Basic Heuristics for Personal Finance

Rosie Campbell
Sep 7, 2018 · 2 min read

Financial information can be complex and overwhelming, but I think some relatively simple rules can get you the vast majority of the benefits for minimal effort. I’ve tried to boil down the most salient information I’ve learned from reading things like The Simple Path to Wealth, The Compound Effect, Mr. Money Mustache and various other sources. There’s nothing groundbreaking here; that’s the point.

I hope you find this helpful, but obviously I’m not a professional, so please seek expert advice if you need it!

The basics

  • The compound effect is powerful. Start saving as soon as you can. Building wealth is simple if you leverage time.
  • Cutting spending is usually more effective than trying to increase income. Consider minimalism.
  • Stocks are volatile but have higher returns (good for accumulation). Bonds are stabler but have lower returns (good for preservation).
  • When you’re younger, focus on accumulation (favor high risk, high return). When you’re older, focus on preservation (favor stability).
  • Because of opportunity cost, anything you spend today (that you could have invested) is effectively costing you 5 times as much in 20 years. Remember this when assessing if something is worth buying.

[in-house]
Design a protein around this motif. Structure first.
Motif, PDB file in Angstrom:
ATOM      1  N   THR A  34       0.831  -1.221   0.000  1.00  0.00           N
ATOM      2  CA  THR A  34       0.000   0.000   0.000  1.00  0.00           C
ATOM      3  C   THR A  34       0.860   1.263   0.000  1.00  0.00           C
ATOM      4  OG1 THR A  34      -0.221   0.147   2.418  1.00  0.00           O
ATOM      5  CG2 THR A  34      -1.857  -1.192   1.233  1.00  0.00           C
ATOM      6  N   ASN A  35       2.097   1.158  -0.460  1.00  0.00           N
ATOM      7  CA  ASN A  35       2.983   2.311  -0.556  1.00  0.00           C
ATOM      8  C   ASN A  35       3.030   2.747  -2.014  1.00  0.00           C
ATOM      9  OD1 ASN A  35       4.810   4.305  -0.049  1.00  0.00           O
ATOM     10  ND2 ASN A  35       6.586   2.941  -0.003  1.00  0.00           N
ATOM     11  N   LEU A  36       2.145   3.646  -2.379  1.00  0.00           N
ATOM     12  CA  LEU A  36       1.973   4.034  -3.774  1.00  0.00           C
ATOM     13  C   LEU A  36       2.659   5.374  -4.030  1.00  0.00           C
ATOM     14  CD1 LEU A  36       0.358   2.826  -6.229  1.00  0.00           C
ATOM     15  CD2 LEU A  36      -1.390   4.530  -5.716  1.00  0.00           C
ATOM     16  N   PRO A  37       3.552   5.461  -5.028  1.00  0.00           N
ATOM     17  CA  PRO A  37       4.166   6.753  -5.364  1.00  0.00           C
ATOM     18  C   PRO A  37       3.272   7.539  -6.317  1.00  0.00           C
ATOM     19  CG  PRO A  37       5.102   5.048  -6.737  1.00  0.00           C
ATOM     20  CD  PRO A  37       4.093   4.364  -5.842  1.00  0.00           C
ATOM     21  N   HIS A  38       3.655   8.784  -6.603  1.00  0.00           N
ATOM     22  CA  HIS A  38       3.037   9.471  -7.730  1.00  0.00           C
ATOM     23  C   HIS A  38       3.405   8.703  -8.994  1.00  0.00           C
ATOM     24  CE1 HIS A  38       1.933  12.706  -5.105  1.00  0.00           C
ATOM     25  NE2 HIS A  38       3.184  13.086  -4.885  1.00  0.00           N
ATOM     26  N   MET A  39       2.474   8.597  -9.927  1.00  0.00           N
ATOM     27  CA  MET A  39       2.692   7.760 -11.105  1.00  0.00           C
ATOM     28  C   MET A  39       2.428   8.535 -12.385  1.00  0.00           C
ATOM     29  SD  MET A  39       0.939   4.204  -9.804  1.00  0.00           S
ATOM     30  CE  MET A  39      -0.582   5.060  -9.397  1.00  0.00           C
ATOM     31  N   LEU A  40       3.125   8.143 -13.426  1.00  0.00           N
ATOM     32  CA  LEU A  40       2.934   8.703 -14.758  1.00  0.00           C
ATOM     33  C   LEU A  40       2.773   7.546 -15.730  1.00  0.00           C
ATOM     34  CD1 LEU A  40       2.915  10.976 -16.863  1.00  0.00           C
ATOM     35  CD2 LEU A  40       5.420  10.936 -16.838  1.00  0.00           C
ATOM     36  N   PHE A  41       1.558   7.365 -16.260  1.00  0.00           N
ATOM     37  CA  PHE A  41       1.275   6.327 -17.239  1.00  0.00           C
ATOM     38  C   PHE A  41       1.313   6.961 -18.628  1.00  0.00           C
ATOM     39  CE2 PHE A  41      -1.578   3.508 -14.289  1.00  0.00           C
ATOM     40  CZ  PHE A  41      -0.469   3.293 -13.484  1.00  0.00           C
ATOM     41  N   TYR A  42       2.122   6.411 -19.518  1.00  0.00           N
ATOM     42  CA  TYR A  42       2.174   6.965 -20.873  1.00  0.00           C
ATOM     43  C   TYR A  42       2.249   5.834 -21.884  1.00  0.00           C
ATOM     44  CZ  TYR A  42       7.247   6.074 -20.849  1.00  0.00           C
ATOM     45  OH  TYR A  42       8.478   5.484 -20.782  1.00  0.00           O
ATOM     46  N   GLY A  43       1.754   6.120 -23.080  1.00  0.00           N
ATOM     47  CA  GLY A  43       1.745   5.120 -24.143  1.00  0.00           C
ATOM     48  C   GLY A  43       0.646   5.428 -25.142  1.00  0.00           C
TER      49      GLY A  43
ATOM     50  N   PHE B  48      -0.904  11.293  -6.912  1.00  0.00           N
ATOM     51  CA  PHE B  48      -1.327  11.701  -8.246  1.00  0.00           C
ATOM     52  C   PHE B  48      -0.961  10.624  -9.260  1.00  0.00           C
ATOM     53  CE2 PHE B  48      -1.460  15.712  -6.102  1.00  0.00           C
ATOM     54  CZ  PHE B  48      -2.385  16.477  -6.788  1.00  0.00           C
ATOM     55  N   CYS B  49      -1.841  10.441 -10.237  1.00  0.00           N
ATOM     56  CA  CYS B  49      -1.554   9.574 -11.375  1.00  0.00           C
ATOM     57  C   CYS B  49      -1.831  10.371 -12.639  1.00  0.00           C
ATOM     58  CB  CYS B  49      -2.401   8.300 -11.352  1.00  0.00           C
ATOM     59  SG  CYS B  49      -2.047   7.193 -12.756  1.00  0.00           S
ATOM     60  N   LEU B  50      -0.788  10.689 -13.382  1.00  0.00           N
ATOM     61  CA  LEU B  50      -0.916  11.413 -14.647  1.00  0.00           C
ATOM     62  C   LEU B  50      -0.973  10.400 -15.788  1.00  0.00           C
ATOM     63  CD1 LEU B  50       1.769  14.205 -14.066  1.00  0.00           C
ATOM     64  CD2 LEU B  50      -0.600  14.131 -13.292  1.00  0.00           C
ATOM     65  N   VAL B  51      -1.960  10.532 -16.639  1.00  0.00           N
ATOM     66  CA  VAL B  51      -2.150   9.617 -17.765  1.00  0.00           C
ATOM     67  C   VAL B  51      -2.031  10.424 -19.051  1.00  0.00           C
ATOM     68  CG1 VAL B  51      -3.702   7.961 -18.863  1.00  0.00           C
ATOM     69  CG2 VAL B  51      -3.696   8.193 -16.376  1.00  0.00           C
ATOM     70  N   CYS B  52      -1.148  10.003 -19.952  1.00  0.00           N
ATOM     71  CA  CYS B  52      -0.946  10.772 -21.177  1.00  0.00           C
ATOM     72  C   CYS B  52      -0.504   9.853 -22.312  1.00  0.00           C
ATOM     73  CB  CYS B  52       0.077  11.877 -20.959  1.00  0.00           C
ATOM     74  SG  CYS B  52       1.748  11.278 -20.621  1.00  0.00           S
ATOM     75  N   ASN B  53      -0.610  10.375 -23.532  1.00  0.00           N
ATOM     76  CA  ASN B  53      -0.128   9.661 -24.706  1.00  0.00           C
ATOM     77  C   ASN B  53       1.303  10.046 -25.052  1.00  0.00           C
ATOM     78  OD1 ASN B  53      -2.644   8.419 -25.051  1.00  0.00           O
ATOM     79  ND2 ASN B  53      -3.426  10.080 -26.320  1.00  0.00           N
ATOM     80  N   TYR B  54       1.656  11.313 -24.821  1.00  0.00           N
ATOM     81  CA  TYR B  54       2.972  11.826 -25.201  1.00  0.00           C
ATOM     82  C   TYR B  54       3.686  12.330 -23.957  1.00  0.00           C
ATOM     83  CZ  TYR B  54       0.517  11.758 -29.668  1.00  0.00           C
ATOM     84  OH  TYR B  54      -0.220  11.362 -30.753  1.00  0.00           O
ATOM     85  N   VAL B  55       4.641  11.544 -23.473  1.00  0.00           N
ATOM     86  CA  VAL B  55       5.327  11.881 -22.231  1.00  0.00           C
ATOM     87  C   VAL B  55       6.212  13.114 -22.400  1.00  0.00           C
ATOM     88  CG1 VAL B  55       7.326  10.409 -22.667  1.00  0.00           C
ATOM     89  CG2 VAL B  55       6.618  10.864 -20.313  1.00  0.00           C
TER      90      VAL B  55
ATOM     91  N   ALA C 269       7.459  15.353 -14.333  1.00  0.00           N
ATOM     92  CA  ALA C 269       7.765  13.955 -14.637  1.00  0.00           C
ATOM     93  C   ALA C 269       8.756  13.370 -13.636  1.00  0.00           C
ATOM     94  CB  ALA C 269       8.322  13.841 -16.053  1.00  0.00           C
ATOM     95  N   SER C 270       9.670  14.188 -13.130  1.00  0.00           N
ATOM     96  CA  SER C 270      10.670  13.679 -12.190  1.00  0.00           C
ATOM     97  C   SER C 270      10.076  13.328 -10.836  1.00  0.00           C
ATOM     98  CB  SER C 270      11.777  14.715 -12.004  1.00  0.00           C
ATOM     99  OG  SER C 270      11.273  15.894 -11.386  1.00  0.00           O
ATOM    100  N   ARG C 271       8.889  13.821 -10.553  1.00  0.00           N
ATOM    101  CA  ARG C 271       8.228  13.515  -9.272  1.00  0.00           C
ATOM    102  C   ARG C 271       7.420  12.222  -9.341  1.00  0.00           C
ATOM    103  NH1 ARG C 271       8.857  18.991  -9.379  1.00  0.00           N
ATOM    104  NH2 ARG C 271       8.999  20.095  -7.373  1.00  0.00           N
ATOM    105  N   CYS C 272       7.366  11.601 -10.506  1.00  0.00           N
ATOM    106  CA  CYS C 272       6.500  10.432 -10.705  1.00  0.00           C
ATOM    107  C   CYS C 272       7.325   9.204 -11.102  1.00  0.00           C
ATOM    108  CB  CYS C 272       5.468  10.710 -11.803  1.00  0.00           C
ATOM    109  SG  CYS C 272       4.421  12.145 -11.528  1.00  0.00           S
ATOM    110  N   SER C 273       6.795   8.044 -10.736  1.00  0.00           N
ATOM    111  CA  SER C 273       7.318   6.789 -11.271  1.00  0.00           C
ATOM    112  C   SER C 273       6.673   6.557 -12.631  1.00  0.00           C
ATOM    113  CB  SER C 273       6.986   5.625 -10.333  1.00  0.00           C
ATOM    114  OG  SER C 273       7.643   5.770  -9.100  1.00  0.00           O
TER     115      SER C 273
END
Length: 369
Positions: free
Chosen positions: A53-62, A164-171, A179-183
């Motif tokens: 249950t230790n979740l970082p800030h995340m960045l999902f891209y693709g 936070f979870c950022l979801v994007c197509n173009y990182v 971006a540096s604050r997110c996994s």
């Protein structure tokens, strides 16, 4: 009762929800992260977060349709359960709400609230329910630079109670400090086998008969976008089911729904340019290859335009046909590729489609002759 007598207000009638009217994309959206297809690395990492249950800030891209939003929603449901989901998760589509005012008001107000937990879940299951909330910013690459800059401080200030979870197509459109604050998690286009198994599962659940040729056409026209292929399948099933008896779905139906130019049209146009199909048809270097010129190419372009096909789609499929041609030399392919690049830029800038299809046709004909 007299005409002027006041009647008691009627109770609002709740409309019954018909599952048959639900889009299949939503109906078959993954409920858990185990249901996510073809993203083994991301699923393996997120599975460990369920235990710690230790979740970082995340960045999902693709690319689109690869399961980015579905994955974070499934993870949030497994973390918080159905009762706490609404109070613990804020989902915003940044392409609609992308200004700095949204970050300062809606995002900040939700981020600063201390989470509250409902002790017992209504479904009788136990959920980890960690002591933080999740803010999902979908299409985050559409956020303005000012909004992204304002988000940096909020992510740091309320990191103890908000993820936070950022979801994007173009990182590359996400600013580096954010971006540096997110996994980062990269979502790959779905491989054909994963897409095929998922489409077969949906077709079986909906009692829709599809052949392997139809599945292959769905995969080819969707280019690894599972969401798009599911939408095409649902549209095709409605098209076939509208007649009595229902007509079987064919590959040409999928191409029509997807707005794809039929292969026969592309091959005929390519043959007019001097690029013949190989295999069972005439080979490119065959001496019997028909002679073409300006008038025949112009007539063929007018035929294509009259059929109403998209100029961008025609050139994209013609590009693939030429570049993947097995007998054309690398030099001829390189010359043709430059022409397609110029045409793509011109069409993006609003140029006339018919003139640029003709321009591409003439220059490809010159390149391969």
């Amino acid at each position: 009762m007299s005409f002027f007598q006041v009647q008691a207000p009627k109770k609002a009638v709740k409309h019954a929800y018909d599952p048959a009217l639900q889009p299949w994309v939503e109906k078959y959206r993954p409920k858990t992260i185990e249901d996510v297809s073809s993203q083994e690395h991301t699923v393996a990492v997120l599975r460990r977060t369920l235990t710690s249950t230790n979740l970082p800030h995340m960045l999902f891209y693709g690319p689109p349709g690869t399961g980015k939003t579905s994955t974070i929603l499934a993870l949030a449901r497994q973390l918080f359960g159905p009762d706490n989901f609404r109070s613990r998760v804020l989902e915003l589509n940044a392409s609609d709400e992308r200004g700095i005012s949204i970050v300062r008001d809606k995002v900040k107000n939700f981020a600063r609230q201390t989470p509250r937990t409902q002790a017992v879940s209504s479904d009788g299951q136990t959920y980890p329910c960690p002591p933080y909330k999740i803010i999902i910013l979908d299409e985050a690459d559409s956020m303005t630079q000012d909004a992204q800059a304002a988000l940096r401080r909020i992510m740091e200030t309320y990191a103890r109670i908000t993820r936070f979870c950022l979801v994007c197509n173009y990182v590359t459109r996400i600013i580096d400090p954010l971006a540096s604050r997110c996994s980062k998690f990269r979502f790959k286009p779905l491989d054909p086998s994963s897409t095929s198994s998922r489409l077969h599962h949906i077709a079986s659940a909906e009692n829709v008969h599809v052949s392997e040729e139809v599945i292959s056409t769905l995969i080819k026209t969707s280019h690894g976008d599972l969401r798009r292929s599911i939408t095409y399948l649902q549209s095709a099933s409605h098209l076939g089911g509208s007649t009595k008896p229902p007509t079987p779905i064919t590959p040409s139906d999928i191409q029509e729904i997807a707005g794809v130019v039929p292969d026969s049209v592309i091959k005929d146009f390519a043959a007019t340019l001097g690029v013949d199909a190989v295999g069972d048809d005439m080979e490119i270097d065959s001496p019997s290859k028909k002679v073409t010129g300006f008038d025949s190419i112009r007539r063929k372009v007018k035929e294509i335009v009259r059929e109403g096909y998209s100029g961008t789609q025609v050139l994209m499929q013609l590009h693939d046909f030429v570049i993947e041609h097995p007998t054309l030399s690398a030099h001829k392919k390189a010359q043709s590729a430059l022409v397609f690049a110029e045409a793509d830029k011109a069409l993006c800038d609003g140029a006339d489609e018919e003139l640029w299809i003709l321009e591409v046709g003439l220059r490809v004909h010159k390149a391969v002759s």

• Your savings rate can be used to estimate the number of years until you are financially independent.
  • You are financially independent when you can live on 4% of your pot (the ‘Safe Withdrawal Rate’).
  • Actively managed funds almost always underperform passive funds that track the market, and they are more expensive. Instead, go with index funds and robo-investing.
  • Invest, then leave it alone. Don’t tinker. Don’t try to time the market. Don’t panic if the market dips, it makes stocks cheaper to buy and they will go up over time. Over a long enough horizon, the market always goes up.

Putting it into action

Do things in this order:

  1. Start tracking your finances. Tools like YNAB, Mint, Personal Capital, etc., can help.
  2. Cut your spending. You can probably live on less than you think.
  3. Pay off all debt except mortgages (and student loans if from the UK).
  4. Pay into your employer retirement plan. They often match your contributions (up to a point) and have tax benefits.
  5. Start another pot. Use robo-investing services like Betterment (US) or Nutmeg (UK).
  6. Property is not as good an investment as stocks and shares. Don’t buy a house unless you really want to live in it.

Pragmatic Productivity

Life optimization and self-improvement without the pseudoscience

Rosie Campbell

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Productivity, systems, and optimization. Effective altruism, science, futurism, tech, econ, and rationality.

Pragmatic Productivity

Life optimization and self-improvement without the pseudoscience